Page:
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International Coherent Amplification Network

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A revolutionary laser system

Could massive arrays of thousands of fibre lasers be the driving force behind next-generation particle accelerators? An EU-funded project believed so and was dedicated to performing a feasibility study.


Currently available high-intensity lasers deliver a petawatt of power at a rate of one laser pulse per second. However, practical applications in high-energy physics require laser sources that can run at higher repetition rates and demonstrate higher efficiencies. Scientists envisage a 10-kHz repetition rate operation, which implies an average laser power of 100 kW. Although fibre lasers are well suited to high average power applications, ultrafast ones produce very low energy pulses because of optical nonlinearities. Scientists initiated the EU-funded project 'International coherent amplification network' (ICAN) to harness the efficiency, controllability and high power capability of fibre lasers to produce high-energy, high-repetition rate pulse sources. Through a series of conferences and workshops, the project examined the possibility of coherently adding pulses from thousands of fibre lasers. Such a system should provide the necessary power and efficiency that could economically produce a large flux of relativistic protons over millimetre lengths. A laser system for high-energy physics requires thousands of fibres, each carrying a small amount of laser energy. It offers the advantage of relying on well-tested telecommunication elements. Due to laser diode pumping, excellent efficiencies are recorded. To further explore this laser system concept, scientists covered many different aspects, ranging from fundamental physical limitations to potential laser manufacture. In particular, they examined efficiency as well as average and peak power limits of coherently combined ultrafast laser systems. In addition, spatial and temporal recombination of a large number of fibre amplifiers have been studied as well as the spatial and temporal beam quality. Focus was also placed on reducing pulse duration and manipulating pulse shape. The final project outcome included an implementation map and a roadmap highlighting technical roadblocks, proposed solutions and manufacturing methods to increase international membership and awareness. ICAN technology may also find important applications in nuclear transmutation, energy-specific gamma beams for isotope identification as well as in nuclear pharmacology and proton therapy.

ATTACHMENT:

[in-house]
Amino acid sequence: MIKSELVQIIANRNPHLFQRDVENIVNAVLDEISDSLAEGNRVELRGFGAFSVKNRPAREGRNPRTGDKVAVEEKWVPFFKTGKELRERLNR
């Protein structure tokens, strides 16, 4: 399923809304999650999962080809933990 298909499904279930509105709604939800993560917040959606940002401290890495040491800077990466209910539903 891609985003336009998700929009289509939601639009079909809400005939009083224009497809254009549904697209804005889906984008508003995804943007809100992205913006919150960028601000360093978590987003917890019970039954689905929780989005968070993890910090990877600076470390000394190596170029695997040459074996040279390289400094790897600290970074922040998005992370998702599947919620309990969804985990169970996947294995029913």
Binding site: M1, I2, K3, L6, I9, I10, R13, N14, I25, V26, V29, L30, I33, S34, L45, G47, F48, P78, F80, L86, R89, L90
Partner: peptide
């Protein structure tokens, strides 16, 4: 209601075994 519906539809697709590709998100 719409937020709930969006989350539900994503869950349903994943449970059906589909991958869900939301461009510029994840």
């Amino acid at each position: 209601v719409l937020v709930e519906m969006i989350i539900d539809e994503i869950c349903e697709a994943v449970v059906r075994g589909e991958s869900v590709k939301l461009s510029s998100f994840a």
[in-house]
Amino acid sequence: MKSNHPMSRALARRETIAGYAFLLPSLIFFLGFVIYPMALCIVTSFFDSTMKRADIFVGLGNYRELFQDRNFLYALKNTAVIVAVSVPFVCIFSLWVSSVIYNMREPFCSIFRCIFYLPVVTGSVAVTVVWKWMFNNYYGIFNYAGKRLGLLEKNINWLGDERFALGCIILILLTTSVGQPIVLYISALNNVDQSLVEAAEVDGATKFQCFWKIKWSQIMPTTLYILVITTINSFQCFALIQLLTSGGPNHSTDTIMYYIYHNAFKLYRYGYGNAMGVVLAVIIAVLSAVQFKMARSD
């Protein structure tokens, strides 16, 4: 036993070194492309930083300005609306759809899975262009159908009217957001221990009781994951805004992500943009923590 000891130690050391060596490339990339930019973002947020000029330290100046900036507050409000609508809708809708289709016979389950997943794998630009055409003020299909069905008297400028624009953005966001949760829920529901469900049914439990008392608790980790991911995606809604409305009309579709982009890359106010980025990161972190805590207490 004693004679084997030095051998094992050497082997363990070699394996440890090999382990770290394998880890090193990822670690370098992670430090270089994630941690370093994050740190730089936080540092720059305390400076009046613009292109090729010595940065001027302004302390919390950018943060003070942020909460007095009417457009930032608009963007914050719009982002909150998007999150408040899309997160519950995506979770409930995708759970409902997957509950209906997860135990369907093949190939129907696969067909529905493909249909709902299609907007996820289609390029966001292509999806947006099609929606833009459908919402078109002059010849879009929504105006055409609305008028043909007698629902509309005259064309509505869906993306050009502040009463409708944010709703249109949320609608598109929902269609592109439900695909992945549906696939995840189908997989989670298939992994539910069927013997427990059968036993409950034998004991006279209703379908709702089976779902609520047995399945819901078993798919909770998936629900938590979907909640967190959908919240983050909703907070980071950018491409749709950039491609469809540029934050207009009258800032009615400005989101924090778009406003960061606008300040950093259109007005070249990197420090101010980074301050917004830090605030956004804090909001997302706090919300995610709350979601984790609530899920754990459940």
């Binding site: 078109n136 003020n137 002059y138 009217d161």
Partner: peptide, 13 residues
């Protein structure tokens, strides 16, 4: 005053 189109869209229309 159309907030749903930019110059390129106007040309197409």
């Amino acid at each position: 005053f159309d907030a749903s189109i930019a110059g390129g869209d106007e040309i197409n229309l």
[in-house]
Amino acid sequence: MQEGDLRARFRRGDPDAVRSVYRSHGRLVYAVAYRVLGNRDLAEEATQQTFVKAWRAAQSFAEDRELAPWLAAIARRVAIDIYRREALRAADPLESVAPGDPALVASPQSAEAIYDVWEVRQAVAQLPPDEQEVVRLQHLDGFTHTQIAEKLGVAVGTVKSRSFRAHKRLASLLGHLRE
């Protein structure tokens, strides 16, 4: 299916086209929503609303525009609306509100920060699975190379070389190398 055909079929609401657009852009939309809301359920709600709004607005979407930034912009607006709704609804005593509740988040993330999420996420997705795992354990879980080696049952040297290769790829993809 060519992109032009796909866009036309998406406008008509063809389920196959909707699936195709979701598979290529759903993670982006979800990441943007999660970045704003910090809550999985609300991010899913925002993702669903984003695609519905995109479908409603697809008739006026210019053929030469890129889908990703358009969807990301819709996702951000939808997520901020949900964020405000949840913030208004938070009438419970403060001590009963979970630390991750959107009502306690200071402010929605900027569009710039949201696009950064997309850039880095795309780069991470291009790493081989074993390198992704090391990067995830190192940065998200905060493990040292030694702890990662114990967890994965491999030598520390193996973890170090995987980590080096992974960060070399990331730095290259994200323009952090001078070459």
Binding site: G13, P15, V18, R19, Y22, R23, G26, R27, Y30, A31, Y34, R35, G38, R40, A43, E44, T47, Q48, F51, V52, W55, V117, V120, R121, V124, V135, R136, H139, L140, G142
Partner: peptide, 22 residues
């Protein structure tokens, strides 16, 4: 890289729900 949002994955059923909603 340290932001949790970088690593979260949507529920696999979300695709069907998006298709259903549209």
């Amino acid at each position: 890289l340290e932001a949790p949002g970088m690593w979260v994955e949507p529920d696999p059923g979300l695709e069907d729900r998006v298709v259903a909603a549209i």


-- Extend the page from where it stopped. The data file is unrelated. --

Fibre laser, particle accelerator, high-energy physics, repetition rate, average power, laser diode, amplifier

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